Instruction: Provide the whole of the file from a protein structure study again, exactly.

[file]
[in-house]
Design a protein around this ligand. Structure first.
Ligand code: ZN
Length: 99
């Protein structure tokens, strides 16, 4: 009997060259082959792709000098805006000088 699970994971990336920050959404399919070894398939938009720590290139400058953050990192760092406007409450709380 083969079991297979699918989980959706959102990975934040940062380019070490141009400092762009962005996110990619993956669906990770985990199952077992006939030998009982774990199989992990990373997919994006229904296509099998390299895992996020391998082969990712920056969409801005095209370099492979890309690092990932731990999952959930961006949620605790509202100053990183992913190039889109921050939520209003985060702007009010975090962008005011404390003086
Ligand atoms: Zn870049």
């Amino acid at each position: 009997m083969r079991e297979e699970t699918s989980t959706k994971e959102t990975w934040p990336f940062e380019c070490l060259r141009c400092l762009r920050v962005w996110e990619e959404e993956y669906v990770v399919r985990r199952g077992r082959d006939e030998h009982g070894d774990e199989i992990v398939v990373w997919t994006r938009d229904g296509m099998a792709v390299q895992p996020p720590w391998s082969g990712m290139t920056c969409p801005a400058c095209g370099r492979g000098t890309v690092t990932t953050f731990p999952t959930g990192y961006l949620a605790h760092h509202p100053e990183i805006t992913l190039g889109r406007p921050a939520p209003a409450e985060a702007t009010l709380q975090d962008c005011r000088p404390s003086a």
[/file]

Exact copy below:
[in-house]
Design a protein around this ligand. Structure first.
Ligand code: ZN
Length: 99
């Protein structure tokens, strides 16, 4: 009997060259082959792709000098805006000088 699970994971990336920050959404399919070894398939938009720590290139400058953050990192760092406007409450709380 083969079991297979699918989980959706959102990975934040940062380019070490141009400092762009962005996110990619993956669906990770985990199952077992006939030998009982774990199989992990990373997919994006229904296509099998390299895992996020391998082969990712920056969409801005095209370099492979890309690092990932731990999952959930961006949620605790509202100053990183992913190039889109921050939520209003985060702007009010975090962008005011404390003086
Ligand atoms: Zn870049």
């Amino acid at each position: 009997m083969r079991e297979e699970t699918s989980t959706k994971e959102t990975w934040p990336f940062e380019c070490l060259r141009c400092l762009r920050v962005w996110e990619e959404e993956y669906v990770v399919r985990r199952g077992r082959d006939e030998h009982g070894d774990e199989i992990v398939v990373w997919t994006r938009d229904g296509m099998a792709v390299q895992p996020p720590w391998s082969g990712m290139t920056c969409p801005a400058c095209g370099r492979g000098t890309v690092t990932t953050f731990p999952t959930g990192y961006l949620a605790h760092h509202p100053e990183i805006t992913l190039g889109r406007p921050a939520p209003a409450e985060a702007t009010l709380q975090d962008c005011r000088p404390s003086a």